Try clicking one of the navigation nodes in
the managed navigation structure you just created in the last section.
You might see an unexpected Page Not Found error page. Firstly, the
page is a nice 404-error page and rendered via the
PageNotFoundError.aspx page in the pages library at the root of the
site collection. Why could SharePoint not find the page? In my case, I
created a managed navigation structure but did not back the structure
with real content.
Notice that the URLs for the managed navigation nodes point to friendly URLs.
You should understand friendly URLs as virtual URLs that do not point
to a specific location. Instead, SharePoint maps these friendly virtual
URLs to real pages. Friendly URLs are part of the managed navigation
capabilities of SharePoint 2013.
- Navigate to the Managed Metadata Term Store editor.
- Find one of your navigation terms in the hierarchy and click it.
- Click the Term Driven Pages tab in the right pane.
- Scroll to the target page settings section.
- Assign the actual URL for the friendly URL in the Managed Navigation node.
You do not need to map the friendly URL to a
real page location for every node in the managed navigation structure.
SharePoint will imfer real URLs from the parent node settings.
SEO Page Optimization
Search engine optimization (SEO) is big
business for business owners of public web sites. Top ranking in
Google, Bing, and other major search engines can mean the difference
between thriving business and business going to the competition. It is
no wonder that organizations want to improve their visibility on search
engine results for popular search terms. Google, Bing, and others
publish search engine optimization configuration to enhance search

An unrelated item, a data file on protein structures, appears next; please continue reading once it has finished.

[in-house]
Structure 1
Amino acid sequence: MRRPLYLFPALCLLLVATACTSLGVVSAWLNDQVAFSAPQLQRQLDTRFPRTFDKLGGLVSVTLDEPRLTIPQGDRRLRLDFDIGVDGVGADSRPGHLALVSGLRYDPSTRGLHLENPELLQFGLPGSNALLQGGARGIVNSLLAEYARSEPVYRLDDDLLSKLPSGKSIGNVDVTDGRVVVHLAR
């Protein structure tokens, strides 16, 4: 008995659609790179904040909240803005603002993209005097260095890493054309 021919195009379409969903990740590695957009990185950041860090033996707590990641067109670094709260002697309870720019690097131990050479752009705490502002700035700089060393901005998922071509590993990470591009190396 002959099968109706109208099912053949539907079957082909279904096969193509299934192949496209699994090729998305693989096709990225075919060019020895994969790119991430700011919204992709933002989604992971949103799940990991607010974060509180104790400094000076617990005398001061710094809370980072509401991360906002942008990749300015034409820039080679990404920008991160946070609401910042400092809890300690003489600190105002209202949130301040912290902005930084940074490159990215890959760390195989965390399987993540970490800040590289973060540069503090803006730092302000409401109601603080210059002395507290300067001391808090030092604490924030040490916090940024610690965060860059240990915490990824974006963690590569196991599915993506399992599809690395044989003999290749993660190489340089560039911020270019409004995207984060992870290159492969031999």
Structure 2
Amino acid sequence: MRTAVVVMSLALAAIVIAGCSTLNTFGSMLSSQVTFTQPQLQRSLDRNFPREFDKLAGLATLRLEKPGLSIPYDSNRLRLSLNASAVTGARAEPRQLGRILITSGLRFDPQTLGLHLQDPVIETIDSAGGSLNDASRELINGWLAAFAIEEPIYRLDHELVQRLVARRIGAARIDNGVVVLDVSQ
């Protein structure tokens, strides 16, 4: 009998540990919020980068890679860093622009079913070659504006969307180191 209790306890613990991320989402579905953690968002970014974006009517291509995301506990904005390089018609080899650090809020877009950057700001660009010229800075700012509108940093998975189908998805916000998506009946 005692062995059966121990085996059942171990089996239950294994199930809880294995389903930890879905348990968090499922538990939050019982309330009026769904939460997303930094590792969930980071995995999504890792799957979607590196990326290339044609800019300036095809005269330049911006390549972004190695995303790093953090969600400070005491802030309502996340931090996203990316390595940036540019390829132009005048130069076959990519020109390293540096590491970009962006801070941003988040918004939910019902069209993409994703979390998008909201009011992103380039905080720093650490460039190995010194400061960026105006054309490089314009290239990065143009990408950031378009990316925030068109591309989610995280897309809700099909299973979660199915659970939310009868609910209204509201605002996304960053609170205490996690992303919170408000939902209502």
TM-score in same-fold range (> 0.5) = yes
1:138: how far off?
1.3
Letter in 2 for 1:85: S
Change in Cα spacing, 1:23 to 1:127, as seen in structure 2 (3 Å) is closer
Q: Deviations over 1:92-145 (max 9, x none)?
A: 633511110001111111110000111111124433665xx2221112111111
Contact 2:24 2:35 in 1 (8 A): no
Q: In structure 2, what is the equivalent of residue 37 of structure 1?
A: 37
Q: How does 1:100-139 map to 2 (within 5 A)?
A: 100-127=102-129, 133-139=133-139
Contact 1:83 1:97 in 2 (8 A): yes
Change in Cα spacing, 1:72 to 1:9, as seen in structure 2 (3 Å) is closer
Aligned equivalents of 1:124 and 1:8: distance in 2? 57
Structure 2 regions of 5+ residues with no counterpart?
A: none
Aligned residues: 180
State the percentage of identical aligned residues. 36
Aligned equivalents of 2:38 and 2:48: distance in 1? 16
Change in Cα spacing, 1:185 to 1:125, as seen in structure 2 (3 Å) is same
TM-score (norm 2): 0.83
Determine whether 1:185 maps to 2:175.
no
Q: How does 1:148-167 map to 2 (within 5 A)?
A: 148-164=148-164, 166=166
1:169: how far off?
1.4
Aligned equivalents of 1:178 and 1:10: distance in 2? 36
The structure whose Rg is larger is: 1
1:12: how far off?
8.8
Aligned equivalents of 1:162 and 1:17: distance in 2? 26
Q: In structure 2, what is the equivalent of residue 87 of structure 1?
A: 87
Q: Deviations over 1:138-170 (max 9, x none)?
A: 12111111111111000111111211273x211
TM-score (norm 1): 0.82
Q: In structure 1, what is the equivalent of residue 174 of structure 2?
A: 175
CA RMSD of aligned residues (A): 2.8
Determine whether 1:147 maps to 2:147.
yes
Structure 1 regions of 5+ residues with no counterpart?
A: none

result ranking. Unfortunately, previous versions of SharePoint were a
little thin in offering good SEO configuration capabilities—that has changed with SharePoint 2013.
All pages in SharePoint 2013 publishing sites now include configuration options for SEO. Figure 12
shows a typical SEO configuration page, in this case, for my home page.
You can access SEO optimization settings by the following steps:
Figure 12. Search engine optimizations for a publishing page
- Navigate to a publishing page.
- Click the Page tab in the ribbon.
- Click the down arrow at the bottom of the edit properties icon.
- Select the menu item to edit SEO properties.
The SEO properties, shown in Figure 12,
exist as site columns for pages derived from the publishing page
content type. This means you can query SEO property values in code, use
them as refiners in search, and query as part of cross-site query.
Table 1 lists the various properties for SEO optimization.
Table 1. SEO Settings for Publishing Pages
||Page title and in navigation
||Title shown in the browser title bar and also used in search engine search results
||Description sometimes shown in search engine search results
||Keywords to categorize the page contents, rarely used by search engines
||Priority when generating a sitemap XML—special jump links in search results
|Sitemap Change Frequency
||Frequency with which the XML sitemap changes
|Exclude from Internet Search Engines
||Renders a NOINDEX field in the robots.txt file for the page
Site Collection SEO
Of course, editing SEO properties for every
page on the site is somewhat tedious. Fortunately, SharePoint allows
content owners to modify SEO properties at the site collection level, as follows:
- Navigate to the root of the site collection.
- Click the gear icon.
- Click the menu item for the site settings page.
- Click the link for Search Engine Optimization Settings, under Site Collection Administration header.
- SharePoint shows a page like that in Figure 13.
Figure 13. SEO settings for a site collection